Take the 2-minute tour ×
Stack Overflow is a question and answer site for professional and enthusiast programmers. It's 100% free, no registration required.

I am building a COM object in x86 assembly using NASM. I understand COM quite well and I understand x86 assembly pretty well, but getting the two to mesh is getting me hung up... (by the way, if you're thinking of attempting to dissuade me from using x86 assembly, please refrain, I have very particular reasons why I'm building this in x86 assembly!)

I am trying to build a vtable to use in my COM object, but I keep getting strange pointers, rather than actual pointers to my functions. (I'm thinking that I'm getting relative offsets or that NASM is embedding temporary values in there and they're not being replaced with the real values during linking)

The current interface I'm trying to build is the IClassFactory interface, with code as follows:

%define S_OK 0x00000000
%define E_NOINTERFACE 0x80004002

section .text

; All of these have very simple shells rather than implementations, but that is just until I can get the vtable worked out

ClassFactory_QueryInterface:
    mov eax, E_NOINTERFACE
    retn 12

ClassFactory_AddRef:
    mov eax, 1
    retn 4

ClassFactory_Release:
    mov eax, 1
    retn 4

ClassFactory_CreateInstance:
    mov eax, E_NOINTERFACE
    retn 16

ClassFactory_LockServer:
    mov eax, S_OK
    retn 8

global ClassFactory_vtable
ClassFactory_vtable dd ClassFactory_QueryInterface, ClassFactory_AddRef, ClassFactory_Release, ClassFactory_CreateInstance, ClassFactory_LockServer

global ClassFactory_object
ClassFactory_object dd ClassFactory_vtable

Note: This is not all of the code, I have DllGetClassObject, DllMain, etc. in a different file.

But when I assemble (using NASM: nasm -f win32 comobject.asm) and link (using MS Link: link /dll /subsystem:windows /out:comobject.dll comobject.obj), and examine the executable using OllyDbg, the vtable comes out with strange values. For example, in my last build, the actual addresses for the functions are as follows:

  • QueryInterface - 0x00381012
  • AddRef - 0x0038101A
  • Release - 0x00381020
  • CreateInstance - 0x00381026
  • LockServer - 0x0038102E

But the vtable came out with these values:

  • QueryInterface - 0x00F51012
  • AddRef - 0x00F5101A
  • Release - 0x00F51020
  • CreateInstance - 0x00F51026
  • LockServer - 0x00F5102E

These values look awfully suspicious... almost like the relocation didn't take. Also, the vtable comes out as 0x00F5104A, all of which are inaccessible memory addresses. (for informational purposes, these values come out different every time)

I tried doing the same thing in C++ using Visual Studio 2010 Express and everything comes out fine. So I'm assuming that it's just something that I'm missing in my assembly...


Can anyone point out to me why these values aren't coming out properly?

share|improve this question
1  
I don't know about your vtables, but your implementations of the functions aren't taking enough arguments. AddRef should be retn 4 for example, you keep forgetting the this pointer. –  Logan Capaldo Jul 26 '10 at 0:46
    
AH! Yes, thank you Logan! I completely forgot about the this pointer! –  Miquella Jul 26 '10 at 0:59

3 Answers 3

up vote 2 down vote accepted

I must apologize, the problem turned out to be my own fault... In all of the scuffle building the thing, I had removed the /dll from the linker invocation, causing it to be built as an EXE, not a DLL...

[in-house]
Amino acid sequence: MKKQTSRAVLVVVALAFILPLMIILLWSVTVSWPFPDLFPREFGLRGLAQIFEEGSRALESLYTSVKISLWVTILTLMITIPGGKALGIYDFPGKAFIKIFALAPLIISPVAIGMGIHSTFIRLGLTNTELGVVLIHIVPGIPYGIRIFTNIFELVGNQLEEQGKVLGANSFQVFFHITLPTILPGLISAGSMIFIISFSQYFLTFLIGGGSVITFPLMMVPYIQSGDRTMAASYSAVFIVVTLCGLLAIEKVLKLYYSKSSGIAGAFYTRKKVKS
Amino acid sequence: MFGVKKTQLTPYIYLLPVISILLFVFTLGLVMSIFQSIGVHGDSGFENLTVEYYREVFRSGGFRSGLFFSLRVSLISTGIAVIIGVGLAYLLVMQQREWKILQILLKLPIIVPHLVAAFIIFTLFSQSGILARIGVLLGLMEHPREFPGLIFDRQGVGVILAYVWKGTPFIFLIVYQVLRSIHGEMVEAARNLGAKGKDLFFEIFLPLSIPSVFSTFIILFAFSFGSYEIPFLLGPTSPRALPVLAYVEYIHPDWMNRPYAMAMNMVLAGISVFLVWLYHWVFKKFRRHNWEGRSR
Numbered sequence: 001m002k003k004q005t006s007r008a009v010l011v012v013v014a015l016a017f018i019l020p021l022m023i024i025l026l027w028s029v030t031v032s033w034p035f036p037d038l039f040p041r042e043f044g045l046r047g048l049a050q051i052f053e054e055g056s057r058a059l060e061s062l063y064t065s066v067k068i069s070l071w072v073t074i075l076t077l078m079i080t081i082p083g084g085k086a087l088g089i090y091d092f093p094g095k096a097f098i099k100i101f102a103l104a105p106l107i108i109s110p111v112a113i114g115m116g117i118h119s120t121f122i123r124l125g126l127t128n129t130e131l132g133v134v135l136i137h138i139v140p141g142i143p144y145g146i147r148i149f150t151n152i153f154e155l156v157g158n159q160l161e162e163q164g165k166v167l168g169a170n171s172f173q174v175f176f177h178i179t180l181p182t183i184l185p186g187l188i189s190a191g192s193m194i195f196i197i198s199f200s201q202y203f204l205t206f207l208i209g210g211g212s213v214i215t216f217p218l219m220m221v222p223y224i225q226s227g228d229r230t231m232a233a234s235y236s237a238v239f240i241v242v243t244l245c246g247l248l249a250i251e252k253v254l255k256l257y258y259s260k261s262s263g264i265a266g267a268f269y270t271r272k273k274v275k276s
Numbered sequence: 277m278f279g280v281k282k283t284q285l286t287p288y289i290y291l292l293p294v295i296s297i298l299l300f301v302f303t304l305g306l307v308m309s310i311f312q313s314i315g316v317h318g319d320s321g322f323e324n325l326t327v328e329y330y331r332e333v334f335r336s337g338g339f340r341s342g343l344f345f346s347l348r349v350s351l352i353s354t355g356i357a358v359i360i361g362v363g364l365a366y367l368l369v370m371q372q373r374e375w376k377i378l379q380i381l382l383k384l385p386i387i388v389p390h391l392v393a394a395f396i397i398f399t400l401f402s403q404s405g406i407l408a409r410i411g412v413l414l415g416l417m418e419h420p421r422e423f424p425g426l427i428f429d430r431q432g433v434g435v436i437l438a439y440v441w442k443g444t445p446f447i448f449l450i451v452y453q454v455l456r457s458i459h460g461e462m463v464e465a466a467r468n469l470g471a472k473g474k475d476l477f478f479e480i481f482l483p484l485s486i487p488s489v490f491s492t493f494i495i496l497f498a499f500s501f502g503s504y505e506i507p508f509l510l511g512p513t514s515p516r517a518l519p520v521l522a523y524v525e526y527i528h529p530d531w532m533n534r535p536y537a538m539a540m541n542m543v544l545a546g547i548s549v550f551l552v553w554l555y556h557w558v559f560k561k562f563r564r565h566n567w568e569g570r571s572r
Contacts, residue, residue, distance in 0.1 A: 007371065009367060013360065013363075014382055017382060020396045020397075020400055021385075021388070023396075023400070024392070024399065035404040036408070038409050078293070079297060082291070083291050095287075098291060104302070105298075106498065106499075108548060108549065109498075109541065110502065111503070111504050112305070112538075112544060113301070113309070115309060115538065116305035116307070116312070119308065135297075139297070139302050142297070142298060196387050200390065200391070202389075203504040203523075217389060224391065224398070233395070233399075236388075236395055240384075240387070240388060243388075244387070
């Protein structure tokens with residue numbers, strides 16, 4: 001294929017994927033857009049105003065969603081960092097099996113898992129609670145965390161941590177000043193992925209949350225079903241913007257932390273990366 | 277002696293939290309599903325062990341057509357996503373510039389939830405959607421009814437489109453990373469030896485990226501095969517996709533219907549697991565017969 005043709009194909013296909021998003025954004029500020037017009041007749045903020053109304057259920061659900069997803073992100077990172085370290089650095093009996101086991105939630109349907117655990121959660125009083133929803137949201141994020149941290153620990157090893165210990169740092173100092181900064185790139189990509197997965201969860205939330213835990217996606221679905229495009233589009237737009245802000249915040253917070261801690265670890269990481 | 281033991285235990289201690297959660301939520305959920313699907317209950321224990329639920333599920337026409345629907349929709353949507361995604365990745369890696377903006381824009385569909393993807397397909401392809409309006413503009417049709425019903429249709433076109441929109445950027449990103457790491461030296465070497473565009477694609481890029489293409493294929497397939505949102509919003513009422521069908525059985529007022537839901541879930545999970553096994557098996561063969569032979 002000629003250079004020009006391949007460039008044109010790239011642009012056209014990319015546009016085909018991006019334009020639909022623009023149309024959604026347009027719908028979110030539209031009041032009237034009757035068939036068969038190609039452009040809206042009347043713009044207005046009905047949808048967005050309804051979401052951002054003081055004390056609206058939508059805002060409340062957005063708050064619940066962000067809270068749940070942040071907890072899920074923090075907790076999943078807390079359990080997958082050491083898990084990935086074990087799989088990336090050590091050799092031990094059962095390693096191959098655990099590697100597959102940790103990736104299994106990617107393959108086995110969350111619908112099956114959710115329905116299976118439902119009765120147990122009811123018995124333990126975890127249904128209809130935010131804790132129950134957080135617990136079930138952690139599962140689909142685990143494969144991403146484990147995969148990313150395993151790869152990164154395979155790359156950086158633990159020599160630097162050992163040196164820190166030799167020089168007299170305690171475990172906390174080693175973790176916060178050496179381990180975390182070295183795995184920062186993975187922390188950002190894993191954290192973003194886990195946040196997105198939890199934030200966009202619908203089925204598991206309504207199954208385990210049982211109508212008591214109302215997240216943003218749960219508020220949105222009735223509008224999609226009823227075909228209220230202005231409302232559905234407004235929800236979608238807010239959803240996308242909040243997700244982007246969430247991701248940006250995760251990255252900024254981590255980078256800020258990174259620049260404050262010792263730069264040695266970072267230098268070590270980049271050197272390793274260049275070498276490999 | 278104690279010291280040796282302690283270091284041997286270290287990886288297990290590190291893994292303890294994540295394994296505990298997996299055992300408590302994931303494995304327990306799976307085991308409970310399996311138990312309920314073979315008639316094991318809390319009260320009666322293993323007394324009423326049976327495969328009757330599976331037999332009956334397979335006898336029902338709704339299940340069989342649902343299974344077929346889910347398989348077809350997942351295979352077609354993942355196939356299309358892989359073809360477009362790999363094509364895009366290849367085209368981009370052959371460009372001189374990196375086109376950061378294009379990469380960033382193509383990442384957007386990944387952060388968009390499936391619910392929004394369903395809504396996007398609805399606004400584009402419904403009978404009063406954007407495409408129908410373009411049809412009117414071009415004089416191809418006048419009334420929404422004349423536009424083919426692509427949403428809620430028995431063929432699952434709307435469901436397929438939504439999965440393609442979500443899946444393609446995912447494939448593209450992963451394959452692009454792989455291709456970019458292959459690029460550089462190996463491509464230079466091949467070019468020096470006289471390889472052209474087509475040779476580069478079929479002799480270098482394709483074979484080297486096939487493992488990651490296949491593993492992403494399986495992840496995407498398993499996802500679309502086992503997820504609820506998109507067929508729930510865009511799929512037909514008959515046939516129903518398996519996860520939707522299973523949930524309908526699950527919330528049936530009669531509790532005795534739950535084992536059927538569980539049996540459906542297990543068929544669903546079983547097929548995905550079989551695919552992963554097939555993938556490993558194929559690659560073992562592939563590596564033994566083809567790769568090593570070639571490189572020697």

Let me explain this a little better for the next person who runs across this.

All Windows executables have a base address which is assumed to be the virtual address that the executable will be loaded into. Executables that are loaded into a running process in most cases will not be loaded at the "preferred" base address, because another DLL (or the application itself) is probably already occupying the address. For this reason, Windows PE executables use what is called a Relocation Table. The Relocation Table tells Windows which locations in the executable need to be rewritten in case of a relocation to a new base address.

However, with the advent of Virtual Memory, most linkers will omit the relocation table from EXEs as an optimization, because the executable will always be loaded at it's base address (unless it conflicts with the reserved kernel addresses, in which case it will fail to load all-together). So because I stopped compiling as a DLL, my executable was not being given a Relocation Table and as a result, would not load properly into running process' address space.


Update:

By default, MSVC only includes relocation tables in DLL projects, as described on MSDN:

By default, /FIXED:NO is the default when building a DLL, and /FIXED is the default for any other project type.

This behavior can be changed by supplying the /FIXED:NO switch to the linker. The default for non-DLL projects is /FIXED which tells the linker that the target has a fixed base address and does not require a relocation table.

share|improve this answer

have you tried to build a stub COM interface in C and disassemble the result? That should give you a clue what is going wrong in your implementation.

share|improve this answer
    
I have, yes. But that doesn't quite help, because it's the pre-initialized vtable values that are wrong... There's not any code that's being executed wrong, it's just the pointer table compiled straight into the executable. –  Miquella Jul 26 '10 at 0:53

Have you tried to also declare your globals as export? I haven't done x86 for a long time. But reading nasm's doc seems to imply you need to both global and export for the DLL relocation fixup to work.

share|improve this answer

Your Answer

 
discard

By posting your answer, you agree to the privacy policy and terms of service.

Not the answer you're looking for? Browse other questions tagged or ask your own question.